Pamela Alexander, Julie Stewart: Cocaine sentencing disparity must end

  • Updated: November 24, 2009 - 2:46 PM

Attorney General Eric Holder is right to put this at the top of his reform list.

  • 20
  • Comments

  • Results per page:
Marky23Nov. 23, 09 9:01 PM

... it'll be Obama's choice whether he governs like Clinton's first 2 years or last 6. The position to not pursue state sanctioned cannabis clubs is a good start. It's also time to reschedule marijuana and, in due course to bring the international legacy of our demand for and prohibition on certain narcotics here and the consequences of that reality over there. It'll be interesting to see if this president is willing to expend any real political capital on what I consider one of the great moral issues of our time.

savagedruidsNov. 23, 09 9:25 PM

The number one priority should be the plight of felons? Even it up give them all life.

lvpops53Nov. 23, 0911:38 PM

I'm getting to the point where I believe that if you manufacture or distribute drugs, you should get an automatic death penalty. I know that this is not a very popular position, but too bad. I'm sick and tired of my tax money going to house these criminals, and then they get out and go do it all over again. But I shouldn't think this way because the people that sell drugs are forced into this "lifestyle" because of their upbringing.

vcs1vcs1Nov. 24, 09 6:25 AM

Who initially requested that Congress legislate this sentencing disparity? Racist white Republican congressmen? Actually no. It was the Black Congressional Caucus at the behest of their constituents. The Strib missed this element of the story.

davehougNov. 24, 09 7:27 AM

Can the social workers tell us the results on the family and society of a crack addict versus a powder cocaine addict???? Seriously wondering. - -

Marky23Nov. 24, 09 9:06 AM

Whose society... US or Colombian? Because users of both are gifting countries like Colombia with a 9-11 in terror related violence annually. I know what you're thinking, it's the thought that counts... and I kind of resent them for not liking our present too.

tbot2000Nov. 24, 09 9:54 AM

Humans have always and will always look to get "high" in different ways. We cannot stop it. Prohibition of alcohol was a complete failure. It's time we look for effective ways to deal with drugs. Laws for drugs will always fail because the demand will never go away. Why should we legislate what people want to put into their own bodies? If we decriminalize all drugs we can turn more law enforcement $$ on real crime and invest in rehabilitation clinics (an effective tool in fighting drug use).. I'm not advocating people should use drugs, I'm just looking for productive ways to handle the problems drug use creates. Our current system just makes the problems worse... and wastes money... and resources...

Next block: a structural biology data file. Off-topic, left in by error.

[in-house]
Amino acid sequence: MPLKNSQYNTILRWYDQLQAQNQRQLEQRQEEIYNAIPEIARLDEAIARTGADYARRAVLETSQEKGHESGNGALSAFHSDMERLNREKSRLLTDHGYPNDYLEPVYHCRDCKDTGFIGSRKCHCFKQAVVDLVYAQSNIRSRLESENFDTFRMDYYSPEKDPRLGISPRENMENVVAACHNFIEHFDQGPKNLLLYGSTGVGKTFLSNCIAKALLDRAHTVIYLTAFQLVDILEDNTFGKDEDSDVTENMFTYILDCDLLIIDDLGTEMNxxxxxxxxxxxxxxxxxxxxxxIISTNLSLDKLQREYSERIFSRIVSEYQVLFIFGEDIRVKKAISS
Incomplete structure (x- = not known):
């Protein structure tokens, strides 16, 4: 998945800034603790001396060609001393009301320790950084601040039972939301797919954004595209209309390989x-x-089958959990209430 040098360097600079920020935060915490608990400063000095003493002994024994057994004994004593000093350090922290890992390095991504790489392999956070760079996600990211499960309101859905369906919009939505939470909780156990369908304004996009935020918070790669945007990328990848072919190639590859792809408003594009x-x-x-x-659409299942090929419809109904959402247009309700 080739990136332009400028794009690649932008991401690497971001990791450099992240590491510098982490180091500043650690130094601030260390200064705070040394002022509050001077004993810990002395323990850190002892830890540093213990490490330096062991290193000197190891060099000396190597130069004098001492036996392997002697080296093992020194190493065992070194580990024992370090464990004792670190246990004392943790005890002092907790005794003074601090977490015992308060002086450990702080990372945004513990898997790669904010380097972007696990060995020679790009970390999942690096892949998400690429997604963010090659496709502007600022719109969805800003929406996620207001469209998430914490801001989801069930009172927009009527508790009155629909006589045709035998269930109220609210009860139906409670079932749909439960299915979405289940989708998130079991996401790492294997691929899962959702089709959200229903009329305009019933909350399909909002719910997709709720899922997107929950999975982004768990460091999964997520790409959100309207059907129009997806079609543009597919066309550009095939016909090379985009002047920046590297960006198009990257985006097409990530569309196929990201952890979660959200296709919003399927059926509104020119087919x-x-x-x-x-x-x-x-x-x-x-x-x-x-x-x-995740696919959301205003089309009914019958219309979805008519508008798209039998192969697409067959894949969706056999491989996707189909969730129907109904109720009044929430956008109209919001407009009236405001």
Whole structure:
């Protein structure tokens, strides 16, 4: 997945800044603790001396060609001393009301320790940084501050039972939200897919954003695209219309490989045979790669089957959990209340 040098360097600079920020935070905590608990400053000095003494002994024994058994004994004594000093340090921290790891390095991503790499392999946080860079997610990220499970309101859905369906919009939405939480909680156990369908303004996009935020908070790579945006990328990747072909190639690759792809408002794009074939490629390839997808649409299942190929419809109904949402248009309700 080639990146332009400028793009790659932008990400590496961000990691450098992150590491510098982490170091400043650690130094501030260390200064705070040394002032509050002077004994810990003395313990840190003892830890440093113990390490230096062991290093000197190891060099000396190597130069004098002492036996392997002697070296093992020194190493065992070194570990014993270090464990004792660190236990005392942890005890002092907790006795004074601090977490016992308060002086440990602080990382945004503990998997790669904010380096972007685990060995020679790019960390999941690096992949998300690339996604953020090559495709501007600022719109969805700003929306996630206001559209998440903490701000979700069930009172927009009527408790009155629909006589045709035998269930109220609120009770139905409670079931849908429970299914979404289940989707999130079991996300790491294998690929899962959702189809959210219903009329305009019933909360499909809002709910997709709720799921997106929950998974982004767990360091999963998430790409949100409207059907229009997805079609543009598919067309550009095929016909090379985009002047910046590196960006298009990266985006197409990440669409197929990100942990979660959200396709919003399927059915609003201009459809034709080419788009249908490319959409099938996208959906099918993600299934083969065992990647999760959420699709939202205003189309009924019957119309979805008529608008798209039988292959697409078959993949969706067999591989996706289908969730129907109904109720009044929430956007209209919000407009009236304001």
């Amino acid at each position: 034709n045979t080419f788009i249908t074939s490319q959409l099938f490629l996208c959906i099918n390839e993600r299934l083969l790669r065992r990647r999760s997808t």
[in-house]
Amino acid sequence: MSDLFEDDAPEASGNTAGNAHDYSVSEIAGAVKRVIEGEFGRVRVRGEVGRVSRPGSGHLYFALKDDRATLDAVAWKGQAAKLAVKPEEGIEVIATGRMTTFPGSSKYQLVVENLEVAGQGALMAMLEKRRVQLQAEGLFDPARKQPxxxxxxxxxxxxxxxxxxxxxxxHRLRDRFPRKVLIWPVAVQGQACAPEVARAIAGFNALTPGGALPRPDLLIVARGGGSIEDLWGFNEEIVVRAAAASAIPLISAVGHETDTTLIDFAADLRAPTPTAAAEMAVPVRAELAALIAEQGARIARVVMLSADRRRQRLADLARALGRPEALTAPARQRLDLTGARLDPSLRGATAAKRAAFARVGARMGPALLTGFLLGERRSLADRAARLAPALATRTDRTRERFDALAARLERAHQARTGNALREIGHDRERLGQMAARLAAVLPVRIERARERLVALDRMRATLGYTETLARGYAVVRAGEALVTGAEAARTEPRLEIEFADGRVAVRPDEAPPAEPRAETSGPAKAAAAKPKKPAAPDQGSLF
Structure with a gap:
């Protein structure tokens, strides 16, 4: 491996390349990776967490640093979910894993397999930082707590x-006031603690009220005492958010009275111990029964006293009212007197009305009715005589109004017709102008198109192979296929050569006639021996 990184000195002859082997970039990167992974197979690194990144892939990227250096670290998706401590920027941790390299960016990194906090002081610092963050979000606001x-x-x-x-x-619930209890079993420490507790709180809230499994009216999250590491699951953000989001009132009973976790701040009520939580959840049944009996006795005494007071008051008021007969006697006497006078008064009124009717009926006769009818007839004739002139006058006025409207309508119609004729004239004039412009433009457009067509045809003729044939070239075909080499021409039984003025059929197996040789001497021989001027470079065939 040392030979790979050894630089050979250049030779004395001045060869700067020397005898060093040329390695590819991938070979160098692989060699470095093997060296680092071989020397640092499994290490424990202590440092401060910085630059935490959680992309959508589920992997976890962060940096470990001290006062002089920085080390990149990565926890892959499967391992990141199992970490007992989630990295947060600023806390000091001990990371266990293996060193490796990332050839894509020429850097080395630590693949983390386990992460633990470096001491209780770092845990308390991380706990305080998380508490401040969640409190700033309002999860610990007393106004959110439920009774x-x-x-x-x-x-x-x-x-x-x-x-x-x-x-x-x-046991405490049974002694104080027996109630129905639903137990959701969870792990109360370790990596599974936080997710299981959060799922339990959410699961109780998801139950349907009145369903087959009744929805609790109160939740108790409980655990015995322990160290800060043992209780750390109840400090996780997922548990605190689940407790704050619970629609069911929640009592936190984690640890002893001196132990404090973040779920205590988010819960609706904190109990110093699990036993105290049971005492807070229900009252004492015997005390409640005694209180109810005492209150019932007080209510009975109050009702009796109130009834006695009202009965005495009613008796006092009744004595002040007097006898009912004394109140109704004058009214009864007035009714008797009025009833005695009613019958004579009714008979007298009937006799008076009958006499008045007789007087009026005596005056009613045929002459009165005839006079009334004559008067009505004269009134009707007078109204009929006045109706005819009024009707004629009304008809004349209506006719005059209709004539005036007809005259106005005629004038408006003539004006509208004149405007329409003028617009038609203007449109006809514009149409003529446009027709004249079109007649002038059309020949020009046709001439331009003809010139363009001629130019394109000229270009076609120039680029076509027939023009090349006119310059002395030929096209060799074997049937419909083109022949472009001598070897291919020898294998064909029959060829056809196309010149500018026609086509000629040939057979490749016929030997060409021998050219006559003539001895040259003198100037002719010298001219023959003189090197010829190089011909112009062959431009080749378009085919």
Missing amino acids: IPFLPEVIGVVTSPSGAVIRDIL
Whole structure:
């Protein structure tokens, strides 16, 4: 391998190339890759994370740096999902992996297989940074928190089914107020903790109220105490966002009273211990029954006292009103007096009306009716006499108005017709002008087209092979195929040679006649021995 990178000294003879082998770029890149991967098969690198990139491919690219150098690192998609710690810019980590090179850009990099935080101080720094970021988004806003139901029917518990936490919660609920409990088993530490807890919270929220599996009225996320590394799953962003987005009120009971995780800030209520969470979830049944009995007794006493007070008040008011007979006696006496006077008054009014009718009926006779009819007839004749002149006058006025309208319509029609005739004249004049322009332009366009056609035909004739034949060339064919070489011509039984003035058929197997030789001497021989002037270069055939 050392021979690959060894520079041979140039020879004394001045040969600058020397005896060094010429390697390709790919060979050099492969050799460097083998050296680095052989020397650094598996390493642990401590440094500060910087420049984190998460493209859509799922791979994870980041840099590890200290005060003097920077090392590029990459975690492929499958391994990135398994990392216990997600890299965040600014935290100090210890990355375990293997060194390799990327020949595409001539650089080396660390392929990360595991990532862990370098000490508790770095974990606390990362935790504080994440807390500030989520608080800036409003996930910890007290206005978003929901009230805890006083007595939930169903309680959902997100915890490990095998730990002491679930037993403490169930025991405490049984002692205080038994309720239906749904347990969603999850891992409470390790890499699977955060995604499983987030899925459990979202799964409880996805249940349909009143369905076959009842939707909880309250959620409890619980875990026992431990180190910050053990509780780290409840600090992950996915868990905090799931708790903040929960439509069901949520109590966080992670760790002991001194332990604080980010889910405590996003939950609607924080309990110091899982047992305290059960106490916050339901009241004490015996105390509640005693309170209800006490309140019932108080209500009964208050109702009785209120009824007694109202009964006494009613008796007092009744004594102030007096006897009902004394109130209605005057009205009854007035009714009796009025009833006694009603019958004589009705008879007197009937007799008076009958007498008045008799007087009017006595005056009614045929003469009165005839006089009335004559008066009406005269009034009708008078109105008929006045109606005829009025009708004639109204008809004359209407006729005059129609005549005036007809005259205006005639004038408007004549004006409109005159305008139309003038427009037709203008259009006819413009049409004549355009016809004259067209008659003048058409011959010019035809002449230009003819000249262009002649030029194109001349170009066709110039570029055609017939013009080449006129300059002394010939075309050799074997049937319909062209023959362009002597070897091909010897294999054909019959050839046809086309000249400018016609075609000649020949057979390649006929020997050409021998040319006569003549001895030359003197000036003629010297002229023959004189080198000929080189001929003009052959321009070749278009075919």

cailinNov. 24, 0910:26 AM

People who deal drugs are sentenced on the (quantifiable, provable) basis of the quantities of drugs that they sell, not on the basis of the (unquantifiable, unprovable)impact of their customers' addiction on society. Also, if you're going to talk about the "impact" of an addiction to powder cocaine, Bernie Madoff's New York office was referred to by drug dealers as the "North Pole", because of the amount of "snow" to be found there; rich white men were taking the life savings and retirement funds of ordinary people and ruining those people's lives by converting those funds into powder cocaine. But hey, that's rich white guys, so nothing they do can really be all *that* wrong, right?

minn12Nov. 24, 0911:28 AM

It is a fact that crack cocaine is vastly more addictive than powder cocaine, and crack is known to create instant addicts after only one 'hit'. Crack has destroyed far more lives and families than powder cocaine. So if crack is 1000 times more dangerous than powder cocaine, their argument is that the penalties for sale and use of each should be the same?? I don't think so. This is about playing the race card, because one part of the population chooses to use and sell crack more than other parts. I say the more severe the crime (crack) the more severe the penalty should be. This is apples and oranges, not apples and apples.

jsherwin1Nov. 24, 0911:38 AM

Why the disparity between sentencing of crack and powder offenders? Isn't the answer because those living in neighborhoods infested with crack cocaine in the mid 1980s demanded tougher sentencing laws? It just so happens that those neighborhoods most impacted were predominately African-American. Now we suddenly must right a wrong? Sentencing was more severe for one reason only, the victims of crack related violence demanded tougher sentencing. It has nothing to do with race.


Comment on this story   |  


  • about opinion

  • The Opinion section is produced by the Editorial Department to foster discussion about key issues. The Editorial Board represents the institutional voice of the Star Tribune and operates independently of the newsroom.

  • Submit a letter or commentary
Connect with twitterConnect with facebookConnect with Google+Connect with PinterestConnect with PinterestConnect with RssfeedConnect with email newsletters




question of the day

Poll: What was your biggest Olympics disappointment?

Weekly Question